When it comes to marriage, Sathnam Sanghera has not just written the book, he has re-written it.
The 36-year-old Wolverhampton-born journalist is about to see his first work of fiction published.
Marriage Material is a modern re-telling of Arnold Bennett’s The Old Wives Tale.
But while Bennett’s book is set in a drapery shop in Burslem in the 1800s, Sathnam has moved his version about 38 miles south to a Wolverhampton convenience store between the 1960s and 2011.
Both stories are about two sisters – where one stays with the family business and gets married and the other elopes.
Bennett’s book was on the syllabus when Sathnam was a pupil at Wolverhampton Grammar School.
“It reminded me so much of Punjabi culture”, says Sathnam. “It was about the obsession with hard work, with accumulated wealth and with marriage over everything else.”
The original novel is about the English Baines family. Sathnam’s is about a Sikh family called Bains.
The columnist for The Times believes that, like the children in the original Bennett novel, the children of immigrant families have had it easier than their parents.
“We’ve all benefitted from our parents’ hard work”, he says. “It means people like me can be writers or artists.
“People are not going into the shop business as much.
“But the shops can still make lots of money. You only have to look along the Dudley Road in Blakenhall and see that you can buy more Indian goods there than you probably could on a street in India.”
From an opening passage quoting the town’s former MP Enoch Powell to the arguments of Sikh bus drivers demanding to be allowed to wear their turbans at the wheel, life goes on as long as someone is minding the shop.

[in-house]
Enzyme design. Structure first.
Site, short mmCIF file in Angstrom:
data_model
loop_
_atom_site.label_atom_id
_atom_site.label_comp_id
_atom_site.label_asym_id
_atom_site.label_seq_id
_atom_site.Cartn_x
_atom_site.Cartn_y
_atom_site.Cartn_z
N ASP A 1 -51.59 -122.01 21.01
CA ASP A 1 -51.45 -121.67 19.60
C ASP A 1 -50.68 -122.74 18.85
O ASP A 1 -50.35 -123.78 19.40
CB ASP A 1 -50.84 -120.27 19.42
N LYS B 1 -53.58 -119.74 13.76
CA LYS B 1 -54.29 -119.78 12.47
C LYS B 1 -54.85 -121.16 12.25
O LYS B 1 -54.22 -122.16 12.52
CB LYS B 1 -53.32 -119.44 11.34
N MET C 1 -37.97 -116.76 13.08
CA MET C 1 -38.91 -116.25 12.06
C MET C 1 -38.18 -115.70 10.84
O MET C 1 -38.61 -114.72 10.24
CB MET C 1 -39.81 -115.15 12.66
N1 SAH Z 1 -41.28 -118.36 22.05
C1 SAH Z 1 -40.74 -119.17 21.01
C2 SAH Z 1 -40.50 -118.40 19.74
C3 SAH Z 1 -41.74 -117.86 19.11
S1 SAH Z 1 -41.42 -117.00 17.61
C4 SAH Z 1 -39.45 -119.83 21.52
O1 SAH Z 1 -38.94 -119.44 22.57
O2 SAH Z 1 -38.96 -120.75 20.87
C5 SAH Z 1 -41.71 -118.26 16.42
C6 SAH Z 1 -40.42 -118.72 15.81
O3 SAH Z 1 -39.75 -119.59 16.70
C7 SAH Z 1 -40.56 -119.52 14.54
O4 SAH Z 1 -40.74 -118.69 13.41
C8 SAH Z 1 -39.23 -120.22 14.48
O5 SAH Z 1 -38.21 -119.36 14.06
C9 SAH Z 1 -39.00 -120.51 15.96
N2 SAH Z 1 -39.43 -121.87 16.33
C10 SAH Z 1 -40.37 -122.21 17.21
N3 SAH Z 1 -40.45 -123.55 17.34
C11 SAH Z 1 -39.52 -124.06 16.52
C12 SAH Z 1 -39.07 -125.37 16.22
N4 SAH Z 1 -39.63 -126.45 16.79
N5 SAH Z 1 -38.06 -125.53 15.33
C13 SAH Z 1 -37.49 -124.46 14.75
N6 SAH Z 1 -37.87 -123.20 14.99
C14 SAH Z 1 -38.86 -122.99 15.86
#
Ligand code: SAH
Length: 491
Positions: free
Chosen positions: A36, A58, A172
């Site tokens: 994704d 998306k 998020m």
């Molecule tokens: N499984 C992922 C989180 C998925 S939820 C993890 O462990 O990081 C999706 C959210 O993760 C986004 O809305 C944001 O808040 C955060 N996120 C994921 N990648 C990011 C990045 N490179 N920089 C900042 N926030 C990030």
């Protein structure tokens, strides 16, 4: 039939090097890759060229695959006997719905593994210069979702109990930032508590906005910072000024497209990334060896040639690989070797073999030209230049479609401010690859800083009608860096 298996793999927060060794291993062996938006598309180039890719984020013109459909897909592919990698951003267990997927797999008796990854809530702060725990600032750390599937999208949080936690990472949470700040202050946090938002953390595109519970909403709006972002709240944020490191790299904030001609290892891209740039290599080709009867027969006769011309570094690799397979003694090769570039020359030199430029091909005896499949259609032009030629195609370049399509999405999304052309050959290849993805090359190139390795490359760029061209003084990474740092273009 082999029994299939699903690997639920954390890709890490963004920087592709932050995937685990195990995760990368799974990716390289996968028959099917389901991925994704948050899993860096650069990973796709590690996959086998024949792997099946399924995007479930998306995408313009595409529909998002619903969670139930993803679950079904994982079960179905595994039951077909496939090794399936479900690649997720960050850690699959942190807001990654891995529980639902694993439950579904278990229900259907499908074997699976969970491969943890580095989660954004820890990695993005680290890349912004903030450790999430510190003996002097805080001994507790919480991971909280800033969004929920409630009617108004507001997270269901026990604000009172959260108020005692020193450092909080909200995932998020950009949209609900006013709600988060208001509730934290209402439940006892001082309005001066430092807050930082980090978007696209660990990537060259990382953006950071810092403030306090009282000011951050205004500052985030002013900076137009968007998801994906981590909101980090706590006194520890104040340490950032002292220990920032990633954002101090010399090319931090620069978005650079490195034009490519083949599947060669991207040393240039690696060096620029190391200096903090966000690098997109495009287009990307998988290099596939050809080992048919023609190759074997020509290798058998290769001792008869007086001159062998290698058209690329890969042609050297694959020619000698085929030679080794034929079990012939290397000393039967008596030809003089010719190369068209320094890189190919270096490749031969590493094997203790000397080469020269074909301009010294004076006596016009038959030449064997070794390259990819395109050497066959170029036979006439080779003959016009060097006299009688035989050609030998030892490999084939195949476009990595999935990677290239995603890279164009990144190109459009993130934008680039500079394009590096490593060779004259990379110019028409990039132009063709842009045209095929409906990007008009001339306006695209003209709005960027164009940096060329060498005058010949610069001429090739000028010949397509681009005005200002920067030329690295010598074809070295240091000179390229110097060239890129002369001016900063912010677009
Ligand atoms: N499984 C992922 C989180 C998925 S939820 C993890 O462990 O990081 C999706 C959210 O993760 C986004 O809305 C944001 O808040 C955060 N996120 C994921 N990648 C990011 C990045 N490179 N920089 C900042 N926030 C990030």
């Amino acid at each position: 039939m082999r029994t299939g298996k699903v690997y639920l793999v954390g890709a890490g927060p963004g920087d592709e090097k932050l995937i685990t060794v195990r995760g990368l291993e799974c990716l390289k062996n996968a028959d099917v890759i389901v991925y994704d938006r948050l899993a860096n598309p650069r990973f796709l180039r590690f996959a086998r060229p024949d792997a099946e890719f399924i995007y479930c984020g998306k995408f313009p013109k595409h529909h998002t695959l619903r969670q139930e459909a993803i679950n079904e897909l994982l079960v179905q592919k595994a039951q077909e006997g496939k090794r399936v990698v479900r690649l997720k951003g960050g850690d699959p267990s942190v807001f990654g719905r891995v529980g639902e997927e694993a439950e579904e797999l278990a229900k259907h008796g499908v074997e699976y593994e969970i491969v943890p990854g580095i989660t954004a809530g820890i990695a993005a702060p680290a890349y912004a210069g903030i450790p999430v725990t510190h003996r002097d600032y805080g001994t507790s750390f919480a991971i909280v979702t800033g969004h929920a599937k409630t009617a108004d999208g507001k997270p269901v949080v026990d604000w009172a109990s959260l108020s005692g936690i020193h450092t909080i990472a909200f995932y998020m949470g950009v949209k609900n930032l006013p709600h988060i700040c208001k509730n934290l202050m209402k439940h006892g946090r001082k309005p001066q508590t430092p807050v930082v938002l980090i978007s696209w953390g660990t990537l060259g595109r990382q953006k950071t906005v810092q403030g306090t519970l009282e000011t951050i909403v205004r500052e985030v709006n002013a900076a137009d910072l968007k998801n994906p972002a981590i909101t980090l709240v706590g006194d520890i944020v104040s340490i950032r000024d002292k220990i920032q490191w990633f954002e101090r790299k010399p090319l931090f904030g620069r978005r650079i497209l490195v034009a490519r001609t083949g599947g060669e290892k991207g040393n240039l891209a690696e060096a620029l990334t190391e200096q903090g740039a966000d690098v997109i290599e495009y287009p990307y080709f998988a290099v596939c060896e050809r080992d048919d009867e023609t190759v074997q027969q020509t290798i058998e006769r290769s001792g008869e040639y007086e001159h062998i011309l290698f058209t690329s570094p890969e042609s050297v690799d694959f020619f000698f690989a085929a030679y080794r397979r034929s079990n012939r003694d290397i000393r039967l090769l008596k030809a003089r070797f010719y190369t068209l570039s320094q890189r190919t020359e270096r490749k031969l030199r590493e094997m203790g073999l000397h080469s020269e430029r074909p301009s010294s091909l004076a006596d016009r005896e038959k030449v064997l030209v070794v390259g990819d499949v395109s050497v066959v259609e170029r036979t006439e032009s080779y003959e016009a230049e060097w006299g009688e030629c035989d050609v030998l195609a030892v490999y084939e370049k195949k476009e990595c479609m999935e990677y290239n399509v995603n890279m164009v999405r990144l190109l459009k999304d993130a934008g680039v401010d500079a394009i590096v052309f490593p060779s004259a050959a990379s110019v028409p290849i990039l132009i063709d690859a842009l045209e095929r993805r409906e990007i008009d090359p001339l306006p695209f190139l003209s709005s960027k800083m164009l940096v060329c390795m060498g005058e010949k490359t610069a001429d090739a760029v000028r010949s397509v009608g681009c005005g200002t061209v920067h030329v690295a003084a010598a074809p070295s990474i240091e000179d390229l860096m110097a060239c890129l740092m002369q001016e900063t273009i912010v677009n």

Sathnam’s research is meticulous – he worked in four different convenience stores and spent 18 months writing – but he has also clearly been keeping up with what is going on by reading the Express & Star.
It will bring a wry smile to the face of anyone who has ever lived in Wolverhampton and has complained about it.
“It’s affectionate”, Sathnam says. “I love Wolverhampton. But I think anyone who has grown up here has at some point rejected it.
“I wanted Wolverhampton to be a character in the book. It’s as important as everyone else to the story. In 1968, when Enoch Powell was around, there were three national TV documentaries about it. Wolverhampton was like our Harlem. It was a place which had experienced mass immigration and was dealing with the fallout.”
His book deals with the inner struggle of immigrant families over whether they should do more to be a part of English culture or strive to preserve their own.
Sathnam’s parents still live in Ettingshall Park and get on well with their neighbours, despite the language barrier.
He is the youngest of four children and his first book, The Boy With The Topknot, is a memoir both about growing up as a Sikh in Wolverhampton and about coping with his father’s schizophrenia.
While meticulous care has been taken to make sure all the facts and place names are right, Sathnam has made up the name of the road the shop is in – Victoria Road – and the area of the city, Blakenfields.
But it is unmistakeably Wolverhampton, written about by someone who grew up there and who has lived in London long enough to understand what makes it different to the capital.
*Marriage Material is published on September 26 by William Heinemann, priced £14.99.